4. repec:hrv:faseco:30728046 is not listed on IDEAS
    5. Stephen L. Nesbitt, 1994. "LONG‐TERM REWARDS FROM SHAREHOLDER ACTIVISM: A STUDY OF THE “CalPERS EFFECT”," Journal of Applied Corporate Finance, Morgan Stanley, vol. 6(4), pages 75-80, January.
    6. repec:hrv:faseco:30747162 is not listed on IDEAS
    7. Leech, Dennis & Leahy, John, 1991. "Ownership Structure, Control Type Classifications and the Performance of Large British Companies," Economic Journal, Royal Economic Society, vol. 101(409), pages 1418-1437, November.
    8. Dan S. Felsenthal & Moshé Machover, 1998. "The Measurement of Voting Power," Books, Edward Elgar Publishing, number 1489, November.
    9. Dennis Leech, 2002. "An Empirical Comparison of the Performance of Classical Power Indices," Political Studies, Political Studies Association, vol. 50(1), pages 1-22, March.
    10. Dennis Leech, 1988. "The Relationship Between Shareholding Concentration and Shareholder Voting Power in British Companies: A Study of the Application of Power Indices for Simple Games," Management Science, INFORMS, vol. 34(4), pages 509-527, April.
    11. Rafael La Porta & Florencio Lopez-De-Silanes & Andrei Shleifer, 1999. "Corporate Ownership Around the World," Journal of Finance, American Finance Association, vol. 54(2), pages 471-517, April.
    12. Short, Helen, 1994. " Ownership, Control, Financial Structure and the Performance of Firms," Journal of Economic Surveys, Wiley Blackwell, vol. 8(3), pages 203-249, September.
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    Cited by:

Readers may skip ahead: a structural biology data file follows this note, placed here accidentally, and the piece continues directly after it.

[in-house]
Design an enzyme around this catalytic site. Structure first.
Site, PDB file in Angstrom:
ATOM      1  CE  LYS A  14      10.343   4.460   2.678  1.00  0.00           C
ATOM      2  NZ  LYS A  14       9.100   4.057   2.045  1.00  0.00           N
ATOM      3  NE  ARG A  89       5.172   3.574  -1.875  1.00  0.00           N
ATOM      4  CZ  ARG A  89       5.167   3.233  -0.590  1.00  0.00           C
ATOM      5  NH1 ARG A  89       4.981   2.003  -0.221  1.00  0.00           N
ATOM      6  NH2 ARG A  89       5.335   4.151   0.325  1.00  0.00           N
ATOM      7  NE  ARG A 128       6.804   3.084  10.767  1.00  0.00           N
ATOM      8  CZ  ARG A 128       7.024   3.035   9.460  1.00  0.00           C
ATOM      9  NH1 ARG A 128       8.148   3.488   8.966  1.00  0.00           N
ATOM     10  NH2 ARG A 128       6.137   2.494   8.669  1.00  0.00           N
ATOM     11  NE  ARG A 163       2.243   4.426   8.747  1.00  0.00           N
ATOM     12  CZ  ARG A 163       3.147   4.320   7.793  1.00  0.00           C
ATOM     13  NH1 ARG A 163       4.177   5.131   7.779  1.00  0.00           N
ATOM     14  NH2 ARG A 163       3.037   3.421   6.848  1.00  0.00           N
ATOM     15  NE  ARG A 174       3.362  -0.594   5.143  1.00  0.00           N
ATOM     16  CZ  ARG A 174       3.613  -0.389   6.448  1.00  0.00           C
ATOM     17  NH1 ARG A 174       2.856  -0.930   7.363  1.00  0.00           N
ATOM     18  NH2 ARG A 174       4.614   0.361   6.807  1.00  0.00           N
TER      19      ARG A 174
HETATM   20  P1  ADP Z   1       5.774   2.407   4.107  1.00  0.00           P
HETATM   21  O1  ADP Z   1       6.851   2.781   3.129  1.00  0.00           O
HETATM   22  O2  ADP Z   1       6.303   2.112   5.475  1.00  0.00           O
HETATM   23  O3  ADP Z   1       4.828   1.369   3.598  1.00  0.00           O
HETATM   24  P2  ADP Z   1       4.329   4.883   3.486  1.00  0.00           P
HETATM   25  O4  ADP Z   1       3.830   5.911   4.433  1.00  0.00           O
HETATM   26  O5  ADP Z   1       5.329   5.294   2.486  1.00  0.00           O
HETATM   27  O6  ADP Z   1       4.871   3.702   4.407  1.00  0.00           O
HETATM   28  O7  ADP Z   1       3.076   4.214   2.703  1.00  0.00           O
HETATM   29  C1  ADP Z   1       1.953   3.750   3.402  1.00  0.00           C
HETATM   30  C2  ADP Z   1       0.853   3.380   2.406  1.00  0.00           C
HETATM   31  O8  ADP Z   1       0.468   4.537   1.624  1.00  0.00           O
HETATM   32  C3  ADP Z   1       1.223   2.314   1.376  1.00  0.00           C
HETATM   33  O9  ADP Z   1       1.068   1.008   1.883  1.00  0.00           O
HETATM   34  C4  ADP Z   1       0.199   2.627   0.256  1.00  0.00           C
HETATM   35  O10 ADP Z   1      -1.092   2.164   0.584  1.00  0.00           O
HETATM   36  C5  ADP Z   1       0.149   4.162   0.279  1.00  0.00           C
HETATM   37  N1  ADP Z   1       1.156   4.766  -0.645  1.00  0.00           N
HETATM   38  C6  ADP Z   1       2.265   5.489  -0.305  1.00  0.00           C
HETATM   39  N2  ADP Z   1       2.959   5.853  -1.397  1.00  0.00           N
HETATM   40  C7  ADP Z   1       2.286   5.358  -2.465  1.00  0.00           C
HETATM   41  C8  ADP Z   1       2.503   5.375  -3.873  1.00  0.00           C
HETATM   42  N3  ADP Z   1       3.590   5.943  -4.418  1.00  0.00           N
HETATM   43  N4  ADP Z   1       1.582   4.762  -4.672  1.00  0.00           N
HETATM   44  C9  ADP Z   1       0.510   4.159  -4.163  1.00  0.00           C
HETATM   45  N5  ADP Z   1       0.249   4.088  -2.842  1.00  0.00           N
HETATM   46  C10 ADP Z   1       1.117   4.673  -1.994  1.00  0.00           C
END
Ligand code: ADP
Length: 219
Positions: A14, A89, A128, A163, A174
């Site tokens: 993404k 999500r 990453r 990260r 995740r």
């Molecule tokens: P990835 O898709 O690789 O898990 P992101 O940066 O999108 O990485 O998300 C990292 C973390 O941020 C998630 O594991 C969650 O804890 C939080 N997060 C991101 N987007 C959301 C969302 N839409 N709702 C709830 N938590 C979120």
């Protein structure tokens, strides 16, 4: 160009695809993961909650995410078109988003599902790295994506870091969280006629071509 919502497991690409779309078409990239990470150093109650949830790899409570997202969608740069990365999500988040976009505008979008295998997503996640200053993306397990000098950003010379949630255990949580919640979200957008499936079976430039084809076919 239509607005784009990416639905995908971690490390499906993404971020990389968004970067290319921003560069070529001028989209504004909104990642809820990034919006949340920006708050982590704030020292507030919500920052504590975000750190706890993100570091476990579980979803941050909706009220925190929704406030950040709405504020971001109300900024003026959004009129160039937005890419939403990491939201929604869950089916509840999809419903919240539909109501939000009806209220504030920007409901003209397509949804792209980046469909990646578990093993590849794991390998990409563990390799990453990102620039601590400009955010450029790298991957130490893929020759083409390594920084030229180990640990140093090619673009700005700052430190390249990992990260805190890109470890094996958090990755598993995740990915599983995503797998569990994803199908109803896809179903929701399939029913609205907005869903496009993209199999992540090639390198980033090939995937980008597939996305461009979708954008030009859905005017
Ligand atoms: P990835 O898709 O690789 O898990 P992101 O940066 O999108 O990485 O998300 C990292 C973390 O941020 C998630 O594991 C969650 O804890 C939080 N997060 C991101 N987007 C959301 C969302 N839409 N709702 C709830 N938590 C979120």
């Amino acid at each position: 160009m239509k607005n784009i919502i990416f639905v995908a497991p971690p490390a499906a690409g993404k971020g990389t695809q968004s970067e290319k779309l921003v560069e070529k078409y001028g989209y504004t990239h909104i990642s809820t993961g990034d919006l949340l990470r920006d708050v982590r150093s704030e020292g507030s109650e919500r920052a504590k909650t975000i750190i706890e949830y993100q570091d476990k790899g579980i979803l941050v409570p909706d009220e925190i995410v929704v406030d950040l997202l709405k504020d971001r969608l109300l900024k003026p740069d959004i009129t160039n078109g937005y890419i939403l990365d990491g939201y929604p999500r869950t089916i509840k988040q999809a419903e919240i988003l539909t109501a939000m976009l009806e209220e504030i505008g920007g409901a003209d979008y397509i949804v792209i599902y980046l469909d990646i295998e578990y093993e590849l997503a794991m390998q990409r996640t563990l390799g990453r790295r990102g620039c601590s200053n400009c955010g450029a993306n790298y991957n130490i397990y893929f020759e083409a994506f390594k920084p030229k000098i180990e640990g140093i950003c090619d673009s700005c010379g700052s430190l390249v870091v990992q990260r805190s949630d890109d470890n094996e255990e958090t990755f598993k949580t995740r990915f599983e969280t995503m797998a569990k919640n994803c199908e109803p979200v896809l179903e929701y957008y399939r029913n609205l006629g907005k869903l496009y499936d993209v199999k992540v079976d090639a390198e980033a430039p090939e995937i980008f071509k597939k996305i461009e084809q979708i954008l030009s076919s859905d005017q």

1. Hamadi, Malika & Heinen, Andréas, 2015. "Firm performance when ownership is very concentrated: Evidence from a semiparametric panel," Journal of Empirical Finance, Elsevier, vol. 34(C), pages 172-194.
    2. Luc Renneboog & Grzegorz Trojanowski, 2007. "Control structures and payout policy," Managerial Finance, Emerald Group Publishing, vol. 33(1), pages 43-64, January.
    3. T. Biebuyck & Ariane Chapelle & Ariane Szafarz, 2002. "Les leviers de contrôle des actionnaires majoritaires," Working Papers CEB 03-001.RS, ULB -- Universite Libre de Bruxelles.
    4. Levy, Marc, 2011. "The Banzhaf index in complete and incomplete shareholding structures: A new algorithm," European Journal of Operational Research, Elsevier, vol. 215(2), pages 411-421, December.
    5. Shanti Chakravarty & Anthony Dobbins & Lynn Hodgkinson, 2013. "Poverty of Agency Theory and Poverty of Managerial Practice: The Royal Bank of Scotland Fiasco," Working Papers 13013, Bangor Business School, Prifysgol Bangor University (Cymru / Wales).
    6. Renneboog, L.D.R. & Szilagyi, P.G., 2006. "How Relevant is Dividend Policy under Low Shareholder Protection?," Discussion Paper 2006-73, Tilburg University, Center for Economic Research.
    7. Szilagyi, P.G., 2007. "Corporate governance and the agency costs of debt and outside equity," Other publications TiSEM 9520d40a-224f-43a8-9bf9-b, Tilburg University, School of Economics and Management.

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    Keywords

    Industrial Organization; Political Economy;